Former President John F. Kennedy (left) and a QAnon enthusiast (right). (Photos: Story/Universal Images Group via Getty Images and Joseph Prezioso/AFP via Getty Images)
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His mother had been kicking herself since last November for missing the opportunity to go to Dallas to see John F. Kennedy risen from the dead.
But then she heard that QAnon influencer Michael Protzman was once again asking his followers to make another trip to Dallas to see the return of JFK, and she was determined not to miss it.
“She wanted to go in November but she didn’t have the means,” said her daughter Linda, who uses a pseudonym to protect her mother’s privacy. She “she was very upset that she didn’t go, but she made all the excuses why it didn’t happen.”
Last week, Linda’s mom “picked up and went” to Dallas, and within hours of arriving, Protzman, known to his followers as Negative 48, was teaching her how to invest in cryptocurrencies.
“He called me this afternoon and told me that they are hosting classes on how to invest,” Linda told VICE News on Monday, referring to a cryptocurrency network that has been promoted within Telegram channels linked to Protzman and his followers.
Linda’s mother was joined by about 100 other people in Dallas this weekend, with most of the group staying at the Hyatt Regency downtown.
Protzman has spent the past seven months living off donations and financial support from supporters to cover lodging costs since he lived out of his car before initially traveling to Dallas last November.
But this time, Protzman made it clear in an audio chat on his Telegram channel that those without money shouldn’t bother coming to Dallas and said people should plan to be in the city for more than a few days.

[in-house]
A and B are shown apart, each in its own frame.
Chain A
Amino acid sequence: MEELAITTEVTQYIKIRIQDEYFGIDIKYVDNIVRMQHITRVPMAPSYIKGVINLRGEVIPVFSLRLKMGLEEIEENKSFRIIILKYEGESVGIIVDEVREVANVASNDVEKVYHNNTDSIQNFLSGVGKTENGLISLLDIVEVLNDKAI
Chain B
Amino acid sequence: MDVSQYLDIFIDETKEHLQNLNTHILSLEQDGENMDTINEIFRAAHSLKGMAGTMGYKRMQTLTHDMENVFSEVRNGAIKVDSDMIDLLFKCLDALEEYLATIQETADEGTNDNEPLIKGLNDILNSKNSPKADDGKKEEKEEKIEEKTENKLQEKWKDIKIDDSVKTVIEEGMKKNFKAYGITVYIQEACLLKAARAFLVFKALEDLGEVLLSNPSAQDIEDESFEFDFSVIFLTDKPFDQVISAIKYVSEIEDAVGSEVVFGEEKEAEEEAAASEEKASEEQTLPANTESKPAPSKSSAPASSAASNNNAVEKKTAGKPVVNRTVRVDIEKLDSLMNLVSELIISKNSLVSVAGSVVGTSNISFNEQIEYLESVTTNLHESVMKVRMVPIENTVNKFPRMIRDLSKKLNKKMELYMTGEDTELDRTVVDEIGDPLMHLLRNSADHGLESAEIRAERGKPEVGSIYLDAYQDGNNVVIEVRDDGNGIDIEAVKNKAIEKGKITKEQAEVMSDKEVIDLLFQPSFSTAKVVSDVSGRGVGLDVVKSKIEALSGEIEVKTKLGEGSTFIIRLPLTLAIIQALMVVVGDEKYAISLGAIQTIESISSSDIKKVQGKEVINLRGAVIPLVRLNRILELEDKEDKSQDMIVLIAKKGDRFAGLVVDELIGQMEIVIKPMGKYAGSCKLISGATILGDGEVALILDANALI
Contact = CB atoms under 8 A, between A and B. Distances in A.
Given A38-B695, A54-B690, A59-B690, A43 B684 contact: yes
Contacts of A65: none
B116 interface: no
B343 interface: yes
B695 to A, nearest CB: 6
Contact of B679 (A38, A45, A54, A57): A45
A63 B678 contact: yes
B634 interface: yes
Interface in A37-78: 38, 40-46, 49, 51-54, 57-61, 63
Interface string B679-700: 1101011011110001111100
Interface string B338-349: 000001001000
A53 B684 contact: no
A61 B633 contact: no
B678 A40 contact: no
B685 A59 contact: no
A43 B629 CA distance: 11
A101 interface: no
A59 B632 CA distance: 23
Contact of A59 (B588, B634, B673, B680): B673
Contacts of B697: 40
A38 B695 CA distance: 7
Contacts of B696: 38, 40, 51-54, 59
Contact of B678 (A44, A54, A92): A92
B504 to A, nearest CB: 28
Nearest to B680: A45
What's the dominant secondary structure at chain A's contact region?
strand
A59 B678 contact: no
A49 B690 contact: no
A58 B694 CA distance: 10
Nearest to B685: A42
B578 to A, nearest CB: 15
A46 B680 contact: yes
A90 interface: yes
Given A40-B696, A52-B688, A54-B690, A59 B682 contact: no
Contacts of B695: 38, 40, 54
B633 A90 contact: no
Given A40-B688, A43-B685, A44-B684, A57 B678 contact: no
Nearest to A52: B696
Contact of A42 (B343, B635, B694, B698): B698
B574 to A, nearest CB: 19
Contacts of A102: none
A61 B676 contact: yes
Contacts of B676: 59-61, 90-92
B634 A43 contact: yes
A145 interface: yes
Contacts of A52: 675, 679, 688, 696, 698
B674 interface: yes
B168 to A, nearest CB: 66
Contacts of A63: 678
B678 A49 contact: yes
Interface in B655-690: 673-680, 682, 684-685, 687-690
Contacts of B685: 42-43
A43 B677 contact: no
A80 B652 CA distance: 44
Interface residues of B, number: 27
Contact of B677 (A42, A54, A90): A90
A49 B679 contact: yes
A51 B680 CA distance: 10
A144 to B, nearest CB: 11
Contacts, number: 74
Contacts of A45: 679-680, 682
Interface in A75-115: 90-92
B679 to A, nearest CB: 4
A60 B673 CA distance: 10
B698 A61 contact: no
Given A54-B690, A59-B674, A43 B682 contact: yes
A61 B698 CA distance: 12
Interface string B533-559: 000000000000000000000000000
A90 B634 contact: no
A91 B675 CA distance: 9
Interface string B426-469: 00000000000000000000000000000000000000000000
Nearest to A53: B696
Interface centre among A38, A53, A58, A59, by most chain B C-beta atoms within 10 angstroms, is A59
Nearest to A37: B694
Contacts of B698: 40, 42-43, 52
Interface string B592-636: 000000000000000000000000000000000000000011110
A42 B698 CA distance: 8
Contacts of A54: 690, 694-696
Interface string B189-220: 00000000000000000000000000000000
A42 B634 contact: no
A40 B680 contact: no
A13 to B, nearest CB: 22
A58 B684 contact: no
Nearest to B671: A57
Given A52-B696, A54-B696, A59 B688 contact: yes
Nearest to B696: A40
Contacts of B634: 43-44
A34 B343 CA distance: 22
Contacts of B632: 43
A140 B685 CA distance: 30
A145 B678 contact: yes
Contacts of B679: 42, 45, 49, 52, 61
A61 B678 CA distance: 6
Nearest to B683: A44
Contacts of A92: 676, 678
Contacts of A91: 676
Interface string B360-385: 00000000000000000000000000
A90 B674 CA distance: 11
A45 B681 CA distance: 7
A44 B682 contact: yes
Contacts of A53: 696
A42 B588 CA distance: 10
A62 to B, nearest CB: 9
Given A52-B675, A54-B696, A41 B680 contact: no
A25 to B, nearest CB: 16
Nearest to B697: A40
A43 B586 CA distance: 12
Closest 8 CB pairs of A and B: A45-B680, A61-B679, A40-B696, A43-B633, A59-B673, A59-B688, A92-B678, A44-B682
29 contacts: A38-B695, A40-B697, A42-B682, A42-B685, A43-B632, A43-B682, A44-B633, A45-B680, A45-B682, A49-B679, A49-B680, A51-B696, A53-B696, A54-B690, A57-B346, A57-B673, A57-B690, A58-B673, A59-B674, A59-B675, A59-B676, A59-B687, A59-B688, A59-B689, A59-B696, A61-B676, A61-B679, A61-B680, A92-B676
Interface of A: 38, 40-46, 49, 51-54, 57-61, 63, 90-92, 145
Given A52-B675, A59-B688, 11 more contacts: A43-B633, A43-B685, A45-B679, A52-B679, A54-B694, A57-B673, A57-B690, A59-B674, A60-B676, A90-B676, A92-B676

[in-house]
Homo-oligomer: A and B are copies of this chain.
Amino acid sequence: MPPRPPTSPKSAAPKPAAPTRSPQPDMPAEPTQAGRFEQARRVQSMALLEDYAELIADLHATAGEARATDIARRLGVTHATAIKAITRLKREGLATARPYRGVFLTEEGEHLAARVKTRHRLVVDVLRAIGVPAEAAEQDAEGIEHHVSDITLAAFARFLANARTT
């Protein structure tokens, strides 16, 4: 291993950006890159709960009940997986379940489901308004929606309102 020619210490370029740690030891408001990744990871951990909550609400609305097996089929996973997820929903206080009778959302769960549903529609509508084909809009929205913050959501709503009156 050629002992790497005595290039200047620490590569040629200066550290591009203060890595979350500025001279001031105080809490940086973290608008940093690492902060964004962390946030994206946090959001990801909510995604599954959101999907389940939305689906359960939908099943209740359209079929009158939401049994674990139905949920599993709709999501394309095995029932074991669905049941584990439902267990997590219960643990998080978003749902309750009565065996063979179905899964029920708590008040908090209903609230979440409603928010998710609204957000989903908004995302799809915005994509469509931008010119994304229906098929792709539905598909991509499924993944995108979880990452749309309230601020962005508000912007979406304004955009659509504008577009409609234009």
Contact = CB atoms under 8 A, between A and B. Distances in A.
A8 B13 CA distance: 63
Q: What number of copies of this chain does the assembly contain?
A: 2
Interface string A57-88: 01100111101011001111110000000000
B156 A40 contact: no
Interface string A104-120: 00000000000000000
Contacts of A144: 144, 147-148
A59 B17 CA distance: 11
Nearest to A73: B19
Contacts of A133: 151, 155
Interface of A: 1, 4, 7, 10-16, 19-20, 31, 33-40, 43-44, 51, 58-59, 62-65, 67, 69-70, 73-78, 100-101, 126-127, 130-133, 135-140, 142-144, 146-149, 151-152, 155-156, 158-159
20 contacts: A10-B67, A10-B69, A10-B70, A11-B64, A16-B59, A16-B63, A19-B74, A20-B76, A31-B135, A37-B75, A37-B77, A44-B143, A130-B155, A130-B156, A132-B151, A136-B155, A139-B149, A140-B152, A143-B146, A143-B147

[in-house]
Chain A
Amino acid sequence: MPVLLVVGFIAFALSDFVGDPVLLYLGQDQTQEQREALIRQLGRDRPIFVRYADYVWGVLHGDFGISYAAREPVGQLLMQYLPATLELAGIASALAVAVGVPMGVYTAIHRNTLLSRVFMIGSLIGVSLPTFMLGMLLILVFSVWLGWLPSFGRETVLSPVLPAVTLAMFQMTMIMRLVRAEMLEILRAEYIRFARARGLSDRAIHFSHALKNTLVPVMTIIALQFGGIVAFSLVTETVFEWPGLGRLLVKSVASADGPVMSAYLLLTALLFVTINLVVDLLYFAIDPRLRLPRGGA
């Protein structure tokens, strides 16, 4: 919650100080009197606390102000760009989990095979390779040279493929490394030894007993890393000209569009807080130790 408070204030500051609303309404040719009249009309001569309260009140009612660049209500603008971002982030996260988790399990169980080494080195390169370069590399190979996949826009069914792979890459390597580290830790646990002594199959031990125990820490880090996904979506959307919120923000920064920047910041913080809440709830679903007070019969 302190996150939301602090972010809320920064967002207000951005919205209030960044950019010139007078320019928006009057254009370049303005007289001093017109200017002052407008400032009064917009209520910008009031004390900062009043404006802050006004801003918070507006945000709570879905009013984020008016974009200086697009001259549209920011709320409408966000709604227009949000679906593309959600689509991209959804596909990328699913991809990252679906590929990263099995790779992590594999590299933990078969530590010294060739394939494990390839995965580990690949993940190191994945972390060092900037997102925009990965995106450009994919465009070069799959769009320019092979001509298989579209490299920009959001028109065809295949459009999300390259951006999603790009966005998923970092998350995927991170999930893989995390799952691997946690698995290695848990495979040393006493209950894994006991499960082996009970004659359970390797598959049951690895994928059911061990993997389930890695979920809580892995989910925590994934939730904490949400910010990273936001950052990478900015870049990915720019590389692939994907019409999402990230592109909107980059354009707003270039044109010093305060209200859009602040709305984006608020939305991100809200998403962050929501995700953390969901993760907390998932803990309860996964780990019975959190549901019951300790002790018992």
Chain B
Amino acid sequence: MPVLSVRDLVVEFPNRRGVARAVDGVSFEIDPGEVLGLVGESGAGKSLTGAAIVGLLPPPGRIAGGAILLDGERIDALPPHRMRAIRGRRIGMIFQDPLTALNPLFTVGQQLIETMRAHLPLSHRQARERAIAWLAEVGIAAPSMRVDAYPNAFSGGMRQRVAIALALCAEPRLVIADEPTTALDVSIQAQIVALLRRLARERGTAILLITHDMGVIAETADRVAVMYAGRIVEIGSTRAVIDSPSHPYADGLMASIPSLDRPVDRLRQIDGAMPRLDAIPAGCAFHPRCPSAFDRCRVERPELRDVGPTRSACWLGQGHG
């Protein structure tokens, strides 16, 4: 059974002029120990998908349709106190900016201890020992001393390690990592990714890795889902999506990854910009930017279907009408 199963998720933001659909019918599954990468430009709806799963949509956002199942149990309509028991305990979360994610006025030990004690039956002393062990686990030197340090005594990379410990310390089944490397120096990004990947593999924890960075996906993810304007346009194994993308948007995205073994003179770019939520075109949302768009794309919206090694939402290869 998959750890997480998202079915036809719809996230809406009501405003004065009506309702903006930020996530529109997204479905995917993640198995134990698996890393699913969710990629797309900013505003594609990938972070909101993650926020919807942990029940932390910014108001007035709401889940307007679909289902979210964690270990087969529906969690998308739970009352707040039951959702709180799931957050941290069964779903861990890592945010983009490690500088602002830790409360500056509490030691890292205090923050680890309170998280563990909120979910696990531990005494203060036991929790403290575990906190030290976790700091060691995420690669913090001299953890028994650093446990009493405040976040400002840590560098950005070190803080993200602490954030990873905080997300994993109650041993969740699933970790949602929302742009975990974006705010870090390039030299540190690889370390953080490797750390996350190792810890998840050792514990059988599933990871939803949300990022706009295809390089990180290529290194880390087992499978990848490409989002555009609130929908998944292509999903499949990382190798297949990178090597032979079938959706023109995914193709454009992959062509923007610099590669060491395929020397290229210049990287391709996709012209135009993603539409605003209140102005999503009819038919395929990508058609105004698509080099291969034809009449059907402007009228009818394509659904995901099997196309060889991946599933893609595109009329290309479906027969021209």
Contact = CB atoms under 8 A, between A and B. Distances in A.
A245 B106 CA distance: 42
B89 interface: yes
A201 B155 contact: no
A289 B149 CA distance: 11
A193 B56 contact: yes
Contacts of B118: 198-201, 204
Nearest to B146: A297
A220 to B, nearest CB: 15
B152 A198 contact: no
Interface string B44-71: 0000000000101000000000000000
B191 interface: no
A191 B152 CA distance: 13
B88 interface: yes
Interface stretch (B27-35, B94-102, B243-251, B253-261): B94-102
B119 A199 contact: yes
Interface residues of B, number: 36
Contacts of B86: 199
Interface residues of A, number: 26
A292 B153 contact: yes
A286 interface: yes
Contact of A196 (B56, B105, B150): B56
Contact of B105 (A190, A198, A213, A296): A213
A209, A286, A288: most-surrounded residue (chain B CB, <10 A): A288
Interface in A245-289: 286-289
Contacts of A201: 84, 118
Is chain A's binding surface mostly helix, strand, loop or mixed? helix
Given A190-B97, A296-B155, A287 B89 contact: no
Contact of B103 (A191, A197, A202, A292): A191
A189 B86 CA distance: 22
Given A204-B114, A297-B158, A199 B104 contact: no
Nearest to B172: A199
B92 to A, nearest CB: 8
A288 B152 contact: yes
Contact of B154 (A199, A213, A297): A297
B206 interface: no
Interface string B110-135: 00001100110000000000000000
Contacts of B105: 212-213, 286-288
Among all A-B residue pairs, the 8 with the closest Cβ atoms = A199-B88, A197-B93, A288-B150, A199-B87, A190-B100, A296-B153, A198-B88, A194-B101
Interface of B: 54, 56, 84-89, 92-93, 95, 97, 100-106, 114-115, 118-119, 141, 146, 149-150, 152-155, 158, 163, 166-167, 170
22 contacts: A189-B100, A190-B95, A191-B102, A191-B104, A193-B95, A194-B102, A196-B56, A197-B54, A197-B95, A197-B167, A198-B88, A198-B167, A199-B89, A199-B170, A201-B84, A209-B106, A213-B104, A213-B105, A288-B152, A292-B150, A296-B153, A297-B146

In addition to teaching classes for people who have traveled to Dallas, Protzman’s Telegram channels have been sharing videos giving his 70,000 subscribers detailed instructions on how they, too, can invest money in the cryptocurrency network, which is linked to yet another conspiracy. extensive about a global future. financial reset.
Protzman made his statement that no one without enough money should travel to Dallas because JFK’s last scheduled return on Saturday never happened, and now Protzman has moved up the date of the former president’s return, which he predicts will trigger “10 days of darkness.” —as of June 24.
“She told me that Michael changed dates again, and when I asked if he saw Jesus, he called me a satanist and a devil and then hung up,” Linda said, adding that her mother has completely changed her personality since she started. to follow Protzman’s online conspiracies last year. “My real mother would never do that.”
Over the course of the weekend, Protzman once again had his supporters spend hours waiting in downtown Dallas for JFK’s return. While they waited, some spent their time harassing people attending a March for Our Lives event by telling them the Uvalde school shooting was a hoax.
Like many family members of those under Protzman’s spell, Linda is now weighing whether or not she should abandon her mother entirely. “I don’t know who this person has become. I am torn between letting go of the relationship and putting up with it to keep them in my life,” she said.
Protzman has destroyed dozens of families over the course of the last seven months, and many of his inner circle now have nowhere to go, even if they wanted to leave the cult.
This has led to increased tensions between certain members of the group and over the past weekend in Dallas, there were some angry clashes between Protzman’s group and a splinter group known as the “Scooby-Doo Crew” who were kicked out. by Protzman due to money problems.
During a confrontation in the lobby of the Hyatt hotel, one of Protzman’s most loyal supporters punched a member of the dissident group in the face. The growing anger is also manifesting itself in increasingly unhinged audio chats on Telegram, with some members making open threats against opposing groups.
“I keep saying something will eventually happen, one of them will break. I just don’t know which one,” Karma, an open source researcher who has been closely following this group since the beginning, told VICE News.
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